Purpose of Inventory Inventory can help businesses meet demand and work more efficiently. For many items, it does not make sense to produce them only when there is demand. When a customer walks into a retail store to buy groceries or cosmetics, they expect to walk out of the store with the item. When customers walk into a dealer’s showroom to buy a car, they do not want to wait until the car is produced; they want to drive it away. There are also advan- tages to maintaining a stable level of production. Employment levels must be changed and equipment must be activated or shut down to allow production rates to fluctuate. These changes incur cost. In some cases, there simply is not enough capacity to meet the high level of demand, therefore, an alternative must be found. During low-demand times, firms can produce more product than they can currently sell with the unused portion going to inventory. The inventory can be used when demand accelerates and increasing the production level is not possible or is not economically feasible.

Many firms keep a cushion or “safety stock” of inventory to protect against unexpected demand. In this way, they can continue to meet customer demand without delays. Keeping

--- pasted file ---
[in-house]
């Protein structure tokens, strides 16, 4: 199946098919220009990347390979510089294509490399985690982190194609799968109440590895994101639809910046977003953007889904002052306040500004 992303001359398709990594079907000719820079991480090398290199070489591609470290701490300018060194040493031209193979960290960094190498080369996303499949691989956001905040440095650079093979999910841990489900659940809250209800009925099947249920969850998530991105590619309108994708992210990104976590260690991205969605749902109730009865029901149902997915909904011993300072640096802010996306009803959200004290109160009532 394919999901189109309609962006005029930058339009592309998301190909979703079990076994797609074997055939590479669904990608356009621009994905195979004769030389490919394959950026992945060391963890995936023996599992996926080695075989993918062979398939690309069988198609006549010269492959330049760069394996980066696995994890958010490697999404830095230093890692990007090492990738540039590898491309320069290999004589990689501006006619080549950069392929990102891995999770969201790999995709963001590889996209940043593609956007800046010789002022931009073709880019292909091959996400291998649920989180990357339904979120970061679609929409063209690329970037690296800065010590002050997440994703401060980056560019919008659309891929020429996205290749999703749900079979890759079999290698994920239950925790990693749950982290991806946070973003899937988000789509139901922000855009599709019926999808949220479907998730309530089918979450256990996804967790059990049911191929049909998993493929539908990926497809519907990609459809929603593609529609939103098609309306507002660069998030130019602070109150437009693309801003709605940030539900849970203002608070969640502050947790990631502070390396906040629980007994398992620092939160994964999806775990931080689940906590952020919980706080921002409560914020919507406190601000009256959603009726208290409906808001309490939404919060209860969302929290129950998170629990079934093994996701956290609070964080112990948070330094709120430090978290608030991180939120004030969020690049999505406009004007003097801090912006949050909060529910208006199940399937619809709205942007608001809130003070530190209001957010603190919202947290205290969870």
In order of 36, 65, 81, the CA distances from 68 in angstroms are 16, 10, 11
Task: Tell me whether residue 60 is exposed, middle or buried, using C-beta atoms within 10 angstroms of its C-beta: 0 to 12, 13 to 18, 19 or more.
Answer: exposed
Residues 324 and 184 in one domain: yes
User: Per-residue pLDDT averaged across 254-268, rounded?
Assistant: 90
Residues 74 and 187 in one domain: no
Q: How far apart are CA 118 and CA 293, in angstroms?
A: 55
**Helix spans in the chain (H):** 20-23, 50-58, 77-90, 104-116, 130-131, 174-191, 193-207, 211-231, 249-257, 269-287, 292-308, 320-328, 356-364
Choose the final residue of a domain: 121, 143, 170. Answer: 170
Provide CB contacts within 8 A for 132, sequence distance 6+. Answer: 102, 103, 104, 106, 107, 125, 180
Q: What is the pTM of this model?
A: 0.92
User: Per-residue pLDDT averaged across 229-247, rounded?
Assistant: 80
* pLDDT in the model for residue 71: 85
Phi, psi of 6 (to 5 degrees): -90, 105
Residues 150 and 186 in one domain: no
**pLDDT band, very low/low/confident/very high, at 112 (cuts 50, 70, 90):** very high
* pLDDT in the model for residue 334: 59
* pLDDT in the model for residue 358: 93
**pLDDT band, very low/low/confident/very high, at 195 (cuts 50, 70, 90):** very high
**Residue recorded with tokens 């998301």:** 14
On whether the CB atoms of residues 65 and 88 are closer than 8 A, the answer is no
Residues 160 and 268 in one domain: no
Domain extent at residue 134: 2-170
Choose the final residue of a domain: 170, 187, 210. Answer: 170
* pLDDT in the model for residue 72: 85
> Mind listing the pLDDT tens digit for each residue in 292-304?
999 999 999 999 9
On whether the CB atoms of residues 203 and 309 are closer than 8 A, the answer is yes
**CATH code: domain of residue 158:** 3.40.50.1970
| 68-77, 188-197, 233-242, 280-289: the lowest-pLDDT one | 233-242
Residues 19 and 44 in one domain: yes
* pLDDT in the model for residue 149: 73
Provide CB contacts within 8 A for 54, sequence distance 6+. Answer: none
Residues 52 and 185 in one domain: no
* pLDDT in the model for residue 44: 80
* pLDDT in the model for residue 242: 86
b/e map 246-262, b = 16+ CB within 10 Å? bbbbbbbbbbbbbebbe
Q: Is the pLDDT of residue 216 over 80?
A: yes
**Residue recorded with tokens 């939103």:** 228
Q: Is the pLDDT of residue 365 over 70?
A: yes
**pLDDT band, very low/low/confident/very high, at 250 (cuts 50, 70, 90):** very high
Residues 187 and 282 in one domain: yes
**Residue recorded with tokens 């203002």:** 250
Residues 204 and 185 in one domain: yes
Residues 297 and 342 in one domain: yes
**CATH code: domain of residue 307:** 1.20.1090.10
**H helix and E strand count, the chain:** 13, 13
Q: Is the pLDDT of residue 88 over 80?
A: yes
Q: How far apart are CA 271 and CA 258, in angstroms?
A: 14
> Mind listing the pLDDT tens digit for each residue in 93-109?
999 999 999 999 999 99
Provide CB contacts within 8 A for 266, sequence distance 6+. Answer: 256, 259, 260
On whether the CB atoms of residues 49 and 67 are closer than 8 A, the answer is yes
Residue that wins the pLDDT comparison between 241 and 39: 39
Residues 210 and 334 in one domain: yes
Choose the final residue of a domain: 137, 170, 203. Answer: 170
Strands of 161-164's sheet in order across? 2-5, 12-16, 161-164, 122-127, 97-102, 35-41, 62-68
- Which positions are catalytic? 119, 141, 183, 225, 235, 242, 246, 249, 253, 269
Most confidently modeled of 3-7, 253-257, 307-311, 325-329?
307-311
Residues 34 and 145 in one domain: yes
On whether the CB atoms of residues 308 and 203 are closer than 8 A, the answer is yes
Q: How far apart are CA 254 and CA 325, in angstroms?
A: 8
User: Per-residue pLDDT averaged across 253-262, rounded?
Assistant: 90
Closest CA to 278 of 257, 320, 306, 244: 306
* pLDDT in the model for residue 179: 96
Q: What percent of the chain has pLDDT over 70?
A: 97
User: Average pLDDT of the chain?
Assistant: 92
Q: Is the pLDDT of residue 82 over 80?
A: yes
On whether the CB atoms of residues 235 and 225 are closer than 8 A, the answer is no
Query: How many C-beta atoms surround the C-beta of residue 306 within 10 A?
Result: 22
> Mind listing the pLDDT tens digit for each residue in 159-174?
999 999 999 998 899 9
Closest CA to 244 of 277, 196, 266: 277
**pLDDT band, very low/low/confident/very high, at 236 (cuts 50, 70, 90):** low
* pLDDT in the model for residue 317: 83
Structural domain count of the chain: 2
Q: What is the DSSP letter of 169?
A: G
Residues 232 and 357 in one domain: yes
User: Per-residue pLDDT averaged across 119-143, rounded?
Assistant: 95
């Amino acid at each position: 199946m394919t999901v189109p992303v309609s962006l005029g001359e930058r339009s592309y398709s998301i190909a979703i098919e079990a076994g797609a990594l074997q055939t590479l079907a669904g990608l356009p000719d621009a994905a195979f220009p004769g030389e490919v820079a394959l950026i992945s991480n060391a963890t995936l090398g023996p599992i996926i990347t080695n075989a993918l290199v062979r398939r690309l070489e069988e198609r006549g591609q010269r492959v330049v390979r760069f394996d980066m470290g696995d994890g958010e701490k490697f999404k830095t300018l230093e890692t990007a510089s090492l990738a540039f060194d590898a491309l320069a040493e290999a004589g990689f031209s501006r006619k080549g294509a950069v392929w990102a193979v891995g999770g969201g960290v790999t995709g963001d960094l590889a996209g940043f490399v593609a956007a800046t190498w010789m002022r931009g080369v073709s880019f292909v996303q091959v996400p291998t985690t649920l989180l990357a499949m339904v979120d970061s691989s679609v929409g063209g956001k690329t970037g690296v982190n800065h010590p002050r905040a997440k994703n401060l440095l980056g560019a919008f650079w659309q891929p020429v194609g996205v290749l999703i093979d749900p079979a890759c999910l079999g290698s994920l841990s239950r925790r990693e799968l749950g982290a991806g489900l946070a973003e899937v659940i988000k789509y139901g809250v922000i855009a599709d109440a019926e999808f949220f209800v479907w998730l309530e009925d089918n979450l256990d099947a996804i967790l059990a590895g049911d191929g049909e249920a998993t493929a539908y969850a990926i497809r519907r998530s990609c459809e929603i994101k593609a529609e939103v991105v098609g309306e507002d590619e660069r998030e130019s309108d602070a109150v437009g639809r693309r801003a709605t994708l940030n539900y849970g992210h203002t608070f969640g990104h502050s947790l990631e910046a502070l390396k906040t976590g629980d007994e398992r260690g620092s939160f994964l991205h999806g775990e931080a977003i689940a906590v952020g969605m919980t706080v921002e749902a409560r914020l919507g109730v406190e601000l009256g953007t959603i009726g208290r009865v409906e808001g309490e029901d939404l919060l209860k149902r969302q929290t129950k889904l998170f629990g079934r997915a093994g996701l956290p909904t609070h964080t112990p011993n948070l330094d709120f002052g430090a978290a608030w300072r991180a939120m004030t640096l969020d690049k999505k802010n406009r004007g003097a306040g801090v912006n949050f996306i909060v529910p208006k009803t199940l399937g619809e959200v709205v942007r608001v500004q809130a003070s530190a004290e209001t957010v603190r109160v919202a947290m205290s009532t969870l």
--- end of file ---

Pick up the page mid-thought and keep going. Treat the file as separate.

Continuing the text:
.John McBride & Company Inc./Getty Images

For manufacturing companies, wholesale and retail organizations, and food service providers, inventory represents a significant investment in working capital and a substantial cost to store and manage.

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CHAPTER 10Section 10.2 Information Systems for Inventory Management

a safety stock of inventory is also useful when shipments from suppliers are delayed. This allows the firm to meet customer demand even though the supplier cannot meet its lead time commitment.

When producing goods, it is often important to separate steps in the production process that operate at different speeds. For example, a manufacturing part may be machined at one rate—one part in five minutes. The next step is to heat treat the machined parts in a furnace that operates in a batch mode—the furnace can hold up to 100 parts and take eight hours for heat treating. Therefore, a inventory of up to 100 parts should be accumulated before heat treatment.